Mom is Declining & Doctors are Stumped
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Q:  Mom is Declining & Doctors are Stumped


  I am hoping this works.  I am trying to do as much research and trying to figure out what is wrong with my mom.  She has been on Eskalith or some form of Lithium for 16 years now.  Two years ago she had a drug induced manic episode leaving her nothing like the mom I used to know.  Her memory has been slipping since.  Today is Monday and last week on Tuesday I talked to my mom and it sounded like she had dementia, she was confused, disoriented, and not making any sense.  She has been on Eskalith, Zyprexa, and Wellbutrin and some other medications I'm not sure of.  Neither my mother or father question the psychiatrist enough about what medications he gives her or the possible side effects or toxicity.  This upsets me becaus now she has been in the hospital since Thursday (4 days) because she fell down twice.  Obviously that means something; she has had a fever for all of those days ranging from 101-103.  Her enzymes in her liver are four times the amount they should be, and her white blood cell count is low.  She trembles and is completely in coherent, she has no idea my father is there.  She is strapped to the bed because she keeps trying to get out of bed.  The doctors are "stumped" as they say and are running all kinds of tests on her and can't figure out what she has.  They think she might have a virus or some infectious disease.  To me it seems quite obvious that she has toxic levels of lithium brought on possibly by her sweating so much when she went to Australia and NZ a month ago.  She started going downhill while she was there and continued to decline when they got back.  I also think there might be something  reacting between the eskalith and the zyprexa.  Could you please tell me anything you can about what might be wrong with my mother.  I am getting nowhere with the doctors, and my father just assumes the doctors are doing the right thing.  Not to say they aren't, but I think there is more to this than just some infectious disease.

Thank you for your time.

Dear Ms. B' -- 
This is surely an awful thing to watch, and to feel so unable to "do something" to have an impact.  I'll make some guesses based on what you've written. 

First, they probably checked a lithium level a long time ago and found that it's not a simple matter of too high a level..  It's such an easy test and so standard a thing to do.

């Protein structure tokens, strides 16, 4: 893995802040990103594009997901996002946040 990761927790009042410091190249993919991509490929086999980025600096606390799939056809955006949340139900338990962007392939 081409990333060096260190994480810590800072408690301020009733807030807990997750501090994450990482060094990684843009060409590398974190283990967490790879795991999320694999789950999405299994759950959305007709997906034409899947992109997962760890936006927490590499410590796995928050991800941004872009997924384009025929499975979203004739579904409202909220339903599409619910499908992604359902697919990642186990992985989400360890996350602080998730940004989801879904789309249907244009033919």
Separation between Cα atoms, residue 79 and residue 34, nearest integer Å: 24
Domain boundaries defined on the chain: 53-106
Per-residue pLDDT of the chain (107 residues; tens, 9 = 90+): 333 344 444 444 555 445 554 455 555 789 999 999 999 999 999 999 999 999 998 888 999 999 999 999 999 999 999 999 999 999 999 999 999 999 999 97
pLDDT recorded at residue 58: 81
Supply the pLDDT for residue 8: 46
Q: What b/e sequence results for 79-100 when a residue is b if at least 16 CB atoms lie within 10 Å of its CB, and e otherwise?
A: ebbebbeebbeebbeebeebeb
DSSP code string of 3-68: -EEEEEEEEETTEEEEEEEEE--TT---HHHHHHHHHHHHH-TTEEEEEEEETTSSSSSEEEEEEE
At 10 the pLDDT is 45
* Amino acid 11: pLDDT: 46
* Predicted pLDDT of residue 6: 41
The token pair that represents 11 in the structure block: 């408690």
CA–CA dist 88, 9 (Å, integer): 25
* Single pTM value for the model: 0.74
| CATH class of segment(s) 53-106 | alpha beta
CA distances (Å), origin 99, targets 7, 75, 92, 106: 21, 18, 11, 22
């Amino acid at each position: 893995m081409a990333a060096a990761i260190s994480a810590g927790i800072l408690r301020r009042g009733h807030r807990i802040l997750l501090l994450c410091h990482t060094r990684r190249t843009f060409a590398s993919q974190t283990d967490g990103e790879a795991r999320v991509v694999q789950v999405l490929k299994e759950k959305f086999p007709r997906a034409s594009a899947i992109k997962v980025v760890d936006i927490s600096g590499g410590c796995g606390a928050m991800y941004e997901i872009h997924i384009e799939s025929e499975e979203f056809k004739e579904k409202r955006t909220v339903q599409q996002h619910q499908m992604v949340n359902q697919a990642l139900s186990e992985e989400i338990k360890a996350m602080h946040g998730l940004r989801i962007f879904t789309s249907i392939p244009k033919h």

Next: the infectious disease hypothesis is getting such priority because if it's bacterial and they can't find the source, it could easily be fatal; but the low white count is puzzling in that context.  

Next: what's making those liver enzymes go up?  Not lithium, almost certainly.  It's not metabolized by the liver.  Could be Zyprexa, much less likely to be Wellbutrin.  A friend of mine says "medicines are guilty until proven innocent" but it will be tricky trying to control her agitation without something like Zyprexa, and that is probably holding back the doc-team you're dealing with.  It's really hard to ask staff to just cope with those symptoms when you think that's what you need to do to figure out a problem; especially when there's some other potential explanation in the temperature numbers. 

However, lithium can make people very confused and disorganized and generally "out of it", so at some point it would be worth lowering that one too.  But brace yourself, things could look quite awful while each of these medications is considered in turn as the potential culprit.  

Your theory about the Australian travel could easily be part of this:  either through dehydration leading to lithium toxicity from which she's not yet recovered; or simply by inducing a manic phase despite the medications, as travel of that length is well known to have that risk, and perhaps her mania just looks different now because either she's older, and has fewer neurons so can't tolerate that degree of agitation (this theory has to be considered because of the one other medication on the list, Wellbutrin, to make sure that someone's considered the possibility of the antidepressant making the current situation worse). 

In general, the number of different organ systems that are now involved -- brain, obviously; bone marrow (too few white cells); liver; plus the fever -- means that your mother's situation is potentially quite serious.  If so, then the doctors are in a tough spot:  they may need to do something pretty aggressive to try to address these symptoms, and yet sometimes the only way to figure it all out is to stop medications, rather than turning them up or adding new ones.  That might account for why it looks like they look unsure at times of what to do.  Here are some general thoughts on how to talk with doctors, though it sounds like you may have figured out much of this on your own.  Good luck with the process.  

Dr. Phelps 

Published June, 2004


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